Horrible. But when the news is horrible, God calls the church to reflect “good news,” to find out where God is in all of this mess. When people are alienated, God calls the church to engage in “ministries of reconciliation.” When hostility breaks out between peoples, God calls the church to live out its conviction that Christ has torn down the dividing wall of hostility.
I don’t know all that this means for you, or for our country, but practically, here is what it means for me to have heart knowledge in the earthly now:
The gospel calls us to listen. Listening is the first expression of love. Conservatives need to listen to liberals. Liberals need to listen to conservatives. That goes for everyone. Have you ever listened to an African American parent talk about instructions they have to give their sons about walking in the neighborhood, being stopped on a sidewalk, or driving a car? All of us parents have had to do that, but it is different for black parents.
In the same manner, have you ever listened to a police officer explain what it is like to be targeted because of the actions of a few, and how the heart beats a little faster whenever they have to pull someone over on the road and approach that car? I did that just this week.
We need to listen, and whites especially need to listen to our black brothers and sisters. For those of us who have attempted to do that, the events this past week come as no surprise. We need to listen because those of us who are white find it nearly impossible to imagine what life is like for people of color. That’s part of the brokenness of the human condition. There is more pain and fear in the black community than we have imagined.
Listening also means reading books by people of color. Ta-Nehisi Coates in his “Between the World and Me” and Bryan Stevenson in his “Just Mercy” ought to be on the reading lists of every book club in America. And there is a new book out this summer which will be a part of my summer reading, “Homecoming,” by Yaa Gyasi, a novel by a young African American writer. I must warn you, these are painful to read sometimes, but necessary if we are to try to understand the fear, the disillusionment and the pain of the African American experience.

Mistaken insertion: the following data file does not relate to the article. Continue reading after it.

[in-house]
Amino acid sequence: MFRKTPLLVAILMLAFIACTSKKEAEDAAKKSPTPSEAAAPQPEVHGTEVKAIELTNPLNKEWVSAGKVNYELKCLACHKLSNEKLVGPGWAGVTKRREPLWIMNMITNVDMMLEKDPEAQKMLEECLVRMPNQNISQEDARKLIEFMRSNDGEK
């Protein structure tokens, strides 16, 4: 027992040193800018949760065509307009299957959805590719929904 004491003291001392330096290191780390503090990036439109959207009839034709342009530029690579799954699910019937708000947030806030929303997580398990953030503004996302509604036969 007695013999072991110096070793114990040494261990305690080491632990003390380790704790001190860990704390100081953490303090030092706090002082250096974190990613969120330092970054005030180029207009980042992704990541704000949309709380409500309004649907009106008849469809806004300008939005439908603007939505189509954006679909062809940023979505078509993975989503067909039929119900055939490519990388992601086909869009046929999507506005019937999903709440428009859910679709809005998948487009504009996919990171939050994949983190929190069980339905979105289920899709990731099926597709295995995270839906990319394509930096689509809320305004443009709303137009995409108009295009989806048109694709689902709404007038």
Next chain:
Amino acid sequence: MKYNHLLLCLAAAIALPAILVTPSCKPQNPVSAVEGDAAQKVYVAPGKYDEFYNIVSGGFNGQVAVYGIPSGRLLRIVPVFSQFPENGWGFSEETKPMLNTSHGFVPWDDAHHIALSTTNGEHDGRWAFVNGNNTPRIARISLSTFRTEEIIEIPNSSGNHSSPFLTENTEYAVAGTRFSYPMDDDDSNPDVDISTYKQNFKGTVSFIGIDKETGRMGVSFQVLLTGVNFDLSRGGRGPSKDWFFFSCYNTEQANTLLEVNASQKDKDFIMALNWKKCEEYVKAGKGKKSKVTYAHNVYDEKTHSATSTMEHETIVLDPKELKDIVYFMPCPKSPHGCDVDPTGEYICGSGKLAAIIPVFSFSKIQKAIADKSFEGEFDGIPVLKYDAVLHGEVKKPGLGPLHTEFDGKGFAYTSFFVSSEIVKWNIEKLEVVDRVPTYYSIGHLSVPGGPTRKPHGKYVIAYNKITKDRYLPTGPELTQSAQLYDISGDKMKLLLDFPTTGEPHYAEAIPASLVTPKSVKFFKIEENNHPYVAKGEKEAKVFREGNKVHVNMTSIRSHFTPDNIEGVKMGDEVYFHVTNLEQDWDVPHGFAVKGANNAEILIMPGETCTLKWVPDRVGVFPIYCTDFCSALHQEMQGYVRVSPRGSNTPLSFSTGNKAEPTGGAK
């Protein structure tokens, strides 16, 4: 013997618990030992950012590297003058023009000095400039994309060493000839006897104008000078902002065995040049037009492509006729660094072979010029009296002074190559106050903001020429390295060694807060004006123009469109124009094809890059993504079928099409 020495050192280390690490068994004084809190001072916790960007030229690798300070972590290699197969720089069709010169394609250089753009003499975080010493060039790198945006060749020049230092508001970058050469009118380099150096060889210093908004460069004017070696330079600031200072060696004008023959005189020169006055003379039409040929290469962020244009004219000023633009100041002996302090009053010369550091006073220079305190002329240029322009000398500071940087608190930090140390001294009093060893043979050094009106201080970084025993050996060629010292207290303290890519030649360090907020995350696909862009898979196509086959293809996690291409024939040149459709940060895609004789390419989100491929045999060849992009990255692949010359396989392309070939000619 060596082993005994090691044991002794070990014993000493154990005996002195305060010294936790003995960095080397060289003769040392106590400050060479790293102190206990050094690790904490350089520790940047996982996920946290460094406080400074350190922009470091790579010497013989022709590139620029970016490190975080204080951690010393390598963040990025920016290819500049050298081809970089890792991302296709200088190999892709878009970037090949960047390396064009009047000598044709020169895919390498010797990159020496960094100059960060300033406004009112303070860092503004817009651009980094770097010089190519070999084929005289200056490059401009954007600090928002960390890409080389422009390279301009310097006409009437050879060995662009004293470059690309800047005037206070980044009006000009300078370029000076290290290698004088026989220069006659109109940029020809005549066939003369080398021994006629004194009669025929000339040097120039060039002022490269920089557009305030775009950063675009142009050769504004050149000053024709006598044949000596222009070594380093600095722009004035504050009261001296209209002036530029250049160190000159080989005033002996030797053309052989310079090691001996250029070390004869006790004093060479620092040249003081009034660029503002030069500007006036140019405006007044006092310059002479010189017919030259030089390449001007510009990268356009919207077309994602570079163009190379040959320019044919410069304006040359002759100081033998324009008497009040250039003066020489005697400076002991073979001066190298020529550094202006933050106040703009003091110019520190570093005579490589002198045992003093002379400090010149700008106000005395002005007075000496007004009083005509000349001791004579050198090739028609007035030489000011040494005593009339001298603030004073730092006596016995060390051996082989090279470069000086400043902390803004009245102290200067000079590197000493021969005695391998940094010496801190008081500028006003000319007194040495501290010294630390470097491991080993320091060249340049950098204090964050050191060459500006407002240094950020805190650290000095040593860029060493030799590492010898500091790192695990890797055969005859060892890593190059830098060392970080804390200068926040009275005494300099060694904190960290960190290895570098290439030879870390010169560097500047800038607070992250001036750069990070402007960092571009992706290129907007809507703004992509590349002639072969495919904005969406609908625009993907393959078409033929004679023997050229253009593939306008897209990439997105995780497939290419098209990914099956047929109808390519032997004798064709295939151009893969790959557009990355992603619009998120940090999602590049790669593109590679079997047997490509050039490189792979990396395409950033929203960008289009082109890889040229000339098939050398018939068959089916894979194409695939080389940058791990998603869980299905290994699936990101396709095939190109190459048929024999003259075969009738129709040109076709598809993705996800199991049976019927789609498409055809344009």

Secondly, we need to work. We need to persevere. The answers are not easy nor quickly settled. They are complex. But, for example, the current unrest cannot be understood apart from developments in our criminal justice system that cry out for reform. In a few short decades, America went from being a nation with one of the lowest incarceration rates in the developed world to being the nation with the highest incarceration rate. Many in our penal system are half-dead, left by the side of the road, and the highest percentage are people of color. Imagine the effect that has in our black and Latino communities…the family, the economics. That’s just one of the many areas of reform that are needed. I won’t even get into our insane gun culture. But it means working, getting involved in the political process. It takes more than just thoughts and prayers.
Thirdly, the gospel should inspire a sense of hope. The year was 1968, and the nation was torn apart at the seams greater than any time since the Civil War. Hundreds of urban riots were taking place. The country was torn over a divisive war with no end. The nation was still reeling from the assassinations of John Kennedy, Malcolm X., Medgar Evers, Martin Luther King, Jr., and soon Robert Kennedy. And we were gearing up for two political conventions. One song captured the time, entitled “The Eve of Destruction.” We had hoped that some of these issues would be laid to rest. But sin is sin. Evil is real. Violence still begets violence. But we do not despair.